In gall-specific endophytic bacteria, Sphingobacteriales, Flavobacteriales and Enterobacteriales harbored the most abundant plant cell wall degrading enzyme genes, accounting for more than half of them identified in the root gall microbiome. Moreover, the largest numbers of cellulase genes (12 of 15) in the root microbiome were identified in the root gall endophytic Sphingobacteriales, Enterobacteriales and Agrobacterium of Rhizobiales. Specifically enriched lignocellulose-degrading endophytes in tomato root galls suggested the plant cell wall degrading enzymes might be also involved in the infection process of root-knot nematodes.
It has been proposed that wood-feeding insects harbor cellulose-degrading bacteria to help the insect host to penetrate the plant barrier and contribute to host nutrition28. In plant-parasitic nematodes, recent studies revealed that several families of cell wall-degrading enzymes, including xylanases, cellulases and pectate lyases, were also involved in the nematode infection process during the invasion and intracellular migration in plant inner tissue29. Danchin et al.29 identified a diverse suite of proteins capable of degrading plant cell walls from the sequenced genome of Meloidogyne hapla. Cyst nematodes were also shown to produce a variety of polysaccharide-degrading enzymes during their migration through the root30,31. However, these studies suggested that the cell wall-degrading enzymes secreted by cyst nematodes were not involved in the development of nematode feeding sites, which required the fusion of root cell protoplasts by partial cell wall dissolution30. Despite different ontogeny, functions and cellular features of nematode feeding sites (NFS) of root knot nematode were similar with those of cyst nematode. Formation of both types of feeding sites required the destructive and constructive modification of plant cell walls. There are no reports yet indicating that enzymes secreted by plant-parasitic nematodes are involved in the process30,32,33. Specifically enriched cellulose-degrading bacteria in nematode feeding sites raised the hypothesis that the root gall-enriched bacteria, derived from nematodes, might reinforce the enzyme profiles to dissolve plant cell walls of the giant cells and neighbor cells in plant host for the formation of nematode feeding sites.
In addition, nematode feeding sites were the sole source of nutrients for the developing plant-parasitic nematodes within the root tissue. The nematodes absorbed nutrients from the enlarged plant cells for their subsequent growth and reproduction33. Previous studies have detected high metabolic activity inside nematode feeding sites, such as elevated sucrose levels, accumulation of starch and specific sugars and elevated levels of many amino acids. The identification of numerous oligosaccharide-degrading enzymes in the root gall-enriched bacteria provides an explanation of metabolic activities in the giant cells. Unlike the enzymes produced by the nematode or the plant host, the vast majority of the CAZymes identified in Sphingobacteriales, Flavobacteriales and Enterobacteriales were mainly involved in oligosaccharide degradation or simple sugar utilization, suggesting that these bacteria might be involved in carbohydrate metabolism to compensate for changing carbohydrate solute uptake by the nematode at nematode feeding sites (Supplementary Table S7; Table 1).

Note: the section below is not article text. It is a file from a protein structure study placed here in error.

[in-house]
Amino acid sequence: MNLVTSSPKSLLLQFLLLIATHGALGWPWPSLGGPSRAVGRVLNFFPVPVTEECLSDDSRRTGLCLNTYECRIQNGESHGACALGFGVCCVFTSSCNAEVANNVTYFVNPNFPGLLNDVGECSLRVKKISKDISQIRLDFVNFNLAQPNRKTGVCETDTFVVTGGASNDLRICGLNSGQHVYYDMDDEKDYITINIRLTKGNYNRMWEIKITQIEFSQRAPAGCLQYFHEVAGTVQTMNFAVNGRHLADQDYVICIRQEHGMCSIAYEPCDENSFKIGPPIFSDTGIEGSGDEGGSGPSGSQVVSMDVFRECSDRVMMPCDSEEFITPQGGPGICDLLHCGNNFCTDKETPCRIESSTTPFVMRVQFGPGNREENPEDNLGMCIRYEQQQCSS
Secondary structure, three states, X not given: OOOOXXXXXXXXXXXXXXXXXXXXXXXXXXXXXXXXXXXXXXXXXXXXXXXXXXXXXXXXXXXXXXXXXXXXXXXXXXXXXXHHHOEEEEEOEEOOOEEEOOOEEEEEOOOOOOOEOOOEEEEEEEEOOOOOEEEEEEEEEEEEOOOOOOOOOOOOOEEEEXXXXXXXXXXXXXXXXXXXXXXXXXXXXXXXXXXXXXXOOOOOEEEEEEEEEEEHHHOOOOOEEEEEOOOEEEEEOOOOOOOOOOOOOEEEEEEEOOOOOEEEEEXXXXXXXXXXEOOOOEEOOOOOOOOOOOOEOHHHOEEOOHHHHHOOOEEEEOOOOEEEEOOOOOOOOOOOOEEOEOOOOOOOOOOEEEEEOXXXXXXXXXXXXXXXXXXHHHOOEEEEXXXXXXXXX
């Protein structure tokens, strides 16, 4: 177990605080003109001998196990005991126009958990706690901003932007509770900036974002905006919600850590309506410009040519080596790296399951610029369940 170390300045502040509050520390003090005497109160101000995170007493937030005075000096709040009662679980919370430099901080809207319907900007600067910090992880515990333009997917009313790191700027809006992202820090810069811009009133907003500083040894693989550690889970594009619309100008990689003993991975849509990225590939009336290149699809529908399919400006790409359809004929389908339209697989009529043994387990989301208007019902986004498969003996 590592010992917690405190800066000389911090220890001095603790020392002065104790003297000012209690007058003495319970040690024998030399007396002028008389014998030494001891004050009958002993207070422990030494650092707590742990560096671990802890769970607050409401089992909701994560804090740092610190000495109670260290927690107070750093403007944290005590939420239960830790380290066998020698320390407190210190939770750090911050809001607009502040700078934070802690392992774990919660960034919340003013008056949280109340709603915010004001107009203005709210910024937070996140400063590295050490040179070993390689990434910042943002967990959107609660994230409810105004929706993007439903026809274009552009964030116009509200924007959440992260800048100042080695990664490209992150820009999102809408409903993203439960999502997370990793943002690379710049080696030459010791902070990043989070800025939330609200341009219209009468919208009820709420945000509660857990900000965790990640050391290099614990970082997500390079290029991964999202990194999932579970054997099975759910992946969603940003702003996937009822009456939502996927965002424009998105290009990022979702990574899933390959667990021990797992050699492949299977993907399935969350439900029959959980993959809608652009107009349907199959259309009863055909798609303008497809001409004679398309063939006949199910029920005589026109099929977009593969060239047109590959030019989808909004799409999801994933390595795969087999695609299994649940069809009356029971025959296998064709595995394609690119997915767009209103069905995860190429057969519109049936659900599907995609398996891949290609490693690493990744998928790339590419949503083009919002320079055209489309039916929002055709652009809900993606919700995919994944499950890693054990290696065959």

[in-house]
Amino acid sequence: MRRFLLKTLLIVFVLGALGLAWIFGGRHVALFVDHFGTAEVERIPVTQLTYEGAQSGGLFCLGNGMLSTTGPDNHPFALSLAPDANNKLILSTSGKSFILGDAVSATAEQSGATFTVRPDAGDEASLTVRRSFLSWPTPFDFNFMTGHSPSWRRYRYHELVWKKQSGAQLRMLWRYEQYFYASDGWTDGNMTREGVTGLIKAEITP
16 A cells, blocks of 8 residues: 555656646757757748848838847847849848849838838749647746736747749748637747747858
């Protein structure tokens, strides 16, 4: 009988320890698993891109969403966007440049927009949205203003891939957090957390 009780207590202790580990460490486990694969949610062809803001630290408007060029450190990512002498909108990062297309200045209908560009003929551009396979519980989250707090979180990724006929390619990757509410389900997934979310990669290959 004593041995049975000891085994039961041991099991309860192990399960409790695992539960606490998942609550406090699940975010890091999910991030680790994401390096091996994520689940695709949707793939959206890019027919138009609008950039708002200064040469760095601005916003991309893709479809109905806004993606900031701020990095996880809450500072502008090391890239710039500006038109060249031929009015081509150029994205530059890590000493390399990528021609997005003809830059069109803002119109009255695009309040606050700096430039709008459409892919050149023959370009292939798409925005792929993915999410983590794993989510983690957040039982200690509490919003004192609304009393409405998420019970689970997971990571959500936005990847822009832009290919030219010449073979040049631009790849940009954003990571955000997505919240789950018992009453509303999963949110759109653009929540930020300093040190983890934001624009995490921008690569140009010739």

Specific enrichment of Rhodocyclales as biological nitrogen-fixers in root gall-associated microbiome
Rhodocyclales, specifically identified in root galls, was the most abundant bacterial group in the root gall-associated microbiome. The predominant species of Rhodocyclales among the tomato root gall microbiome was identified as Azozpira suillum PS, formerly called Dechlorosoma suillum PS. Members of the genus had been isolated as endophytes from Kallar grass and rice, however, in most cases, the strains of Azozpira were identified as free-living bacteria, for example, from groundwater and waste plants34,35. In microbial community analysis, few OTUs of Rhodocyclales were identified among tomato root rhizobacteria or endophytes. Contrarily, Rhodocyclales were highly enriched in the tomato root knots. Analyses of CAZymes showed that few lignocellulose-degrading enzymes were detected in the Rhodocyclales assembly, suggesting that the microbes might enter the root gall with invading nematodes.
The species of genus Azozpira, which had shown their ability to grow in nitrogen-free growth medium, were characterized as nitrogen-fixing bacteria34. Gene-based evidence for a nearly complete nitrogen metabolism pathway was present in the Rhodocyclales assembly of the root gall metagenome (Fig. 4B; Supplementary Table S8). The genomic analysis for the Rhodocyclales assembly indicated that Rhodocyclales contained the genes encoding a nitrogenase complex, which can convert atmospheric nitrogen into ammonium. The nitrogenase complex in Rhodocyclales was comprised of two components, MoFe protein NifDK and Fe protein NifH, which clustered with nifA and nifB genes (Supplementary Table S8)36. Additionally, the abundant gene contents related to the pathways of denitrification and nitrate and nitrite ammonification, which assimilate nitrate and nitrite to ammonium, or denitrificate to dinitrogen oxide or even nitrogen, were also represented in the Rhodocyclales assembly37. The fixed ammonium could be assimilated by the glutamine synthetase pathway, through transformation of nitrogenous compounds to synthesize alpha-amino acids (Fig. 4B; Supplementary Table S8). Specific enrichment of the nitrogen-fixing bacteria in the root gall suggested that Rhodocyclales might be an important provider of nitrogen for the development and reproduction of root knot nematode or the host plant.